Simon Cook, CEGA’s fraud and recoveries manager, adds that integration is key to detecting insurance fraud: “The most effective travel fraud detection draws on the joined-up skills of front-end claims, assistance and medical teams, and back-office specialist investigation staff. Having all these services under one roof maximises front-end fraud awareness, enables instant dialogue between specialist teams and results in early fraud detection.” He says that staff should receive regular training, giving them as much information as possible about potential and previous frauds to enable them to spot new ones as quickly as they can. “It’s crucial that first response units are trained to be fraud-aware and conversant with regularly refined fraud indicators; empowering them to do everything from identifying high-risk countries and irregular medical invoices to looking beyond a claimant’s respectable job title if a claim is suspicious. Exposure to fraud case studies is also an important part of our front-end staff training.”

The company also employs a series of investigative techniques when looking into a possible fraudulent claim, examining every single detail to assess its veracity. “Cognitive interviewing techniques, investigation by overseas agents and medical assessments may then all be used to assess the honesty of a suspicious claim,” explains Cook. “Every detail of a dubious claim should be checked; from the authenticity of a doctor’s bill issued on the other side of the world, to the validity of a witness statement in a foreign language.”

Pagett agrees that the efficiency and excellence of staff can be the most valuable tool an insurer has when trying to detect bogus claims. “With tight margins and low premiums it is a challenge for insurers to invest heavily in fraud detection systems, which by virtue of the nature of the crime do not always pay dividends,” he says. “The greatest deterrent is the intervention by an empowered and experienced claims handler with time to review each claim, speaking to the customer using conversational management techniques to identify inconsistencies in the story. That gut feeling a handler sometimes gets can be a better indicator of fraud than any data matching system.”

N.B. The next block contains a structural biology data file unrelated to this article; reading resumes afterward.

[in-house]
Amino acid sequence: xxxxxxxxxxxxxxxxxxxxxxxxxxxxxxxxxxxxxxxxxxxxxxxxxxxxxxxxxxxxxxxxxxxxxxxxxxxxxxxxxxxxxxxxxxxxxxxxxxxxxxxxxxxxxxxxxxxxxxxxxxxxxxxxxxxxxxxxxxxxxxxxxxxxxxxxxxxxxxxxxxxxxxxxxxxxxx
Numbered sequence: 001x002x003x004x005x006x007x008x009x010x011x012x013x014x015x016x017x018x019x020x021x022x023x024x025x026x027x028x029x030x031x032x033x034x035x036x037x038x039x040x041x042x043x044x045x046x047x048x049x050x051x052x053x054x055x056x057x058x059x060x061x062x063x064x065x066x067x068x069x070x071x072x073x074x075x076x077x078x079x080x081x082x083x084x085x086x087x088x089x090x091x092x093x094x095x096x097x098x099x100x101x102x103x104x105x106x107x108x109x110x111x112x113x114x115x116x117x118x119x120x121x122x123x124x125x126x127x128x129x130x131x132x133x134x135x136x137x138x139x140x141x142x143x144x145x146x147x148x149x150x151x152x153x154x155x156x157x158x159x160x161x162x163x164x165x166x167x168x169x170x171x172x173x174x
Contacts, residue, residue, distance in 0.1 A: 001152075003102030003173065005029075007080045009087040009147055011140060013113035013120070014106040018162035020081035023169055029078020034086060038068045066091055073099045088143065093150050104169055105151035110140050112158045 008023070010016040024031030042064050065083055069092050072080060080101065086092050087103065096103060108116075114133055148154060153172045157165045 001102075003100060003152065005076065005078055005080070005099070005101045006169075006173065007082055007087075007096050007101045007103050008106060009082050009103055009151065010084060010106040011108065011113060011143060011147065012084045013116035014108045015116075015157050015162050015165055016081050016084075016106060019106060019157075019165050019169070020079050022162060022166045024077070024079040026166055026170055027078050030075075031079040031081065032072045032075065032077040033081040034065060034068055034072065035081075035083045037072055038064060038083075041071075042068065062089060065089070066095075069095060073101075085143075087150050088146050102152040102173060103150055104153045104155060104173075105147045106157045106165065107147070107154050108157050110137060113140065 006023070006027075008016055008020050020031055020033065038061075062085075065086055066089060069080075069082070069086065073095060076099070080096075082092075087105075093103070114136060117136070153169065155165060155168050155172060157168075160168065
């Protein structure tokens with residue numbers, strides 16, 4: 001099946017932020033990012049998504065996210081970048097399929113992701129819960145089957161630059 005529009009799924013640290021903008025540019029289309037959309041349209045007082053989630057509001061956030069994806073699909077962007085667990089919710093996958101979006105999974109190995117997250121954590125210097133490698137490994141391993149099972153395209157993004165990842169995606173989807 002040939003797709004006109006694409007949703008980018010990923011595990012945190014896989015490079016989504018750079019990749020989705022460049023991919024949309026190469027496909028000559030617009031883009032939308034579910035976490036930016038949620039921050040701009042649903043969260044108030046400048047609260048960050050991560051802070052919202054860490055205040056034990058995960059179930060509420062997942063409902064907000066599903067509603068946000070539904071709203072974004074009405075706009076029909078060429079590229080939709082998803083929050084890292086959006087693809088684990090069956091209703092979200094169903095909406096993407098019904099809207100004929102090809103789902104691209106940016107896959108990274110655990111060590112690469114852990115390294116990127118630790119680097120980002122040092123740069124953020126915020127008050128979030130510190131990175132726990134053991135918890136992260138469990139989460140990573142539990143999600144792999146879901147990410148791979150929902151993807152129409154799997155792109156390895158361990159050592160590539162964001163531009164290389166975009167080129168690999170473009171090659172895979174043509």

Pagett also thinks that the travel industry itself has unwittingly contributed towards making fraud detection harder. “Travel insurance has for a long time been a soft target for insurance fraudsters who recognise that the claims processes in travel insurance do not always match the level of validation we now see in other product lines,” he says. Williams agrees, and further adds: “The lessons we’ve learnt from tackling claims fraud in other business lines should be applied to the travel arena – we are not convinced that they are. The [insurance] industry’s counter fraud spotlight has, for a long time, been on motor and personal injury, and we strongly believe that this creates an area of opportunity for less honest individuals to quietly come in under the radar in other areas – travel is a prime example.”

Ulterior motives

So could some fraudulent claims have been an innocent mistake on behalf of some of these claimants? Perhaps they didn’t read the small print properly, or didn’t quite understand the terms of their policy? Andrew Pagett, counter fraud manager at Groupama Insurances, is sceptical: “It is somewhat naive to think that fraudulent claims are committed by individuals who do not fully understand the terms of the policy. In a significant number of cases, the individuals concerned know the terms and policy limits and tailor their claim accordingly.” The majority of fraudulent claims are conducted by individuals who either seize upon an opportunity to recoup some of their holiday cost, he says, or are just looking to make some money.